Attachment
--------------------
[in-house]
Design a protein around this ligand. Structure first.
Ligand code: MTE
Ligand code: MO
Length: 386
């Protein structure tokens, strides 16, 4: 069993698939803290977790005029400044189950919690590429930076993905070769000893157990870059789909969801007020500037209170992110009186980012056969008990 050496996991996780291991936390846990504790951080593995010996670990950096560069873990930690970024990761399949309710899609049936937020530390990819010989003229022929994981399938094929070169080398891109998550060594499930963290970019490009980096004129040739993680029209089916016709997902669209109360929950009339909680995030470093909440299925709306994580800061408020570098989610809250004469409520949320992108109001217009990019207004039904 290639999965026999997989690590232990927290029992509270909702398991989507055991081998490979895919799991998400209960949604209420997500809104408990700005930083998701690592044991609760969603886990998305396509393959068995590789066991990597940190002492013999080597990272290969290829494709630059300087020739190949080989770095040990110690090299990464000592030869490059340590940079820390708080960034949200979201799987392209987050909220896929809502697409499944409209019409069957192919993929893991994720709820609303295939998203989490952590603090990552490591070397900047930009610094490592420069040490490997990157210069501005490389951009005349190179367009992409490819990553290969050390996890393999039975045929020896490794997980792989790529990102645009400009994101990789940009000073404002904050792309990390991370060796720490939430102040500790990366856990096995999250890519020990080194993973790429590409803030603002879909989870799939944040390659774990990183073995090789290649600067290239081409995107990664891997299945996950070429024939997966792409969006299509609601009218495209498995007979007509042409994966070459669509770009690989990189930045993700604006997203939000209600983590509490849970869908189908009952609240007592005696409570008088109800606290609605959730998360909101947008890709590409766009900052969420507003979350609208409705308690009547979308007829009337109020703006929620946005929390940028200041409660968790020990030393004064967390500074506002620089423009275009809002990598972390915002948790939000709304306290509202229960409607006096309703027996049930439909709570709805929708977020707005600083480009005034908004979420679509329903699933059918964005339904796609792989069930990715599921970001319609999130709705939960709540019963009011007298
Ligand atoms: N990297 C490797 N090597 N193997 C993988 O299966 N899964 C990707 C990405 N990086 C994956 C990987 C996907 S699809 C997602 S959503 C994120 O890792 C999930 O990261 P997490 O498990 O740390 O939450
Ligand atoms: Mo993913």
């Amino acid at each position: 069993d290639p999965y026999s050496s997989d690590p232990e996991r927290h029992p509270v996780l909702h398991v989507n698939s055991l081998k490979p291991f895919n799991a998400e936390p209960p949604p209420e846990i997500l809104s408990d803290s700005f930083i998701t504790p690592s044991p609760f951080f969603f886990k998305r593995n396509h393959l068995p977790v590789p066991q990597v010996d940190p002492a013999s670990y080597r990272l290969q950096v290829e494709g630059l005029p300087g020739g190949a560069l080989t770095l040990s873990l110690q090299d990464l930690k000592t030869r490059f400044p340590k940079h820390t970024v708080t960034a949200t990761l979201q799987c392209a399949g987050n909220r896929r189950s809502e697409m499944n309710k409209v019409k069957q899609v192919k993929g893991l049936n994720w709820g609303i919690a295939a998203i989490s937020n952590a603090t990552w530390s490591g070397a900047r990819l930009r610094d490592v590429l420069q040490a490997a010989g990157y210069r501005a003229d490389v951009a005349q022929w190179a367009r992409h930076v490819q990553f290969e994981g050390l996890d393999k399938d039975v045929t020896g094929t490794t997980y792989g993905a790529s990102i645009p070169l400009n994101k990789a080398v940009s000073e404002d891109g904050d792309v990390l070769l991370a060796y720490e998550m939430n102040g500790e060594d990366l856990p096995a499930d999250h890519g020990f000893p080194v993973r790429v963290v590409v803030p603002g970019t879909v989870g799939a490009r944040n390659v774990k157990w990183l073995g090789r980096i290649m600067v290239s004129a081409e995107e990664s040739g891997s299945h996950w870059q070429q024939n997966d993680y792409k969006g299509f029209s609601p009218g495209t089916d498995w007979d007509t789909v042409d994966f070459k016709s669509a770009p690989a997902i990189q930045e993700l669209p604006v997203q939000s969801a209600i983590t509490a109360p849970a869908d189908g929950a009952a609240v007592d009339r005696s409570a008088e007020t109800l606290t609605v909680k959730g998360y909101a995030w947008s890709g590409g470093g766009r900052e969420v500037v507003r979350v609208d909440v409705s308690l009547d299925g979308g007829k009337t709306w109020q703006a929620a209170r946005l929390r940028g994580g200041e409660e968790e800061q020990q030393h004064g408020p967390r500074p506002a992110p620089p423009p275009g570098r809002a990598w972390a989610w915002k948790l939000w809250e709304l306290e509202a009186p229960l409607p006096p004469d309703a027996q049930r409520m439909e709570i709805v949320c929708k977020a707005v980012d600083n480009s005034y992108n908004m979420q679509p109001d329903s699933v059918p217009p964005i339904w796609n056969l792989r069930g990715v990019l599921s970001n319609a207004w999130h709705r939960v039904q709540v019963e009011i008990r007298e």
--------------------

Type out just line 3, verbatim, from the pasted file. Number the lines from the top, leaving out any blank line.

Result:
Ligand code: MTE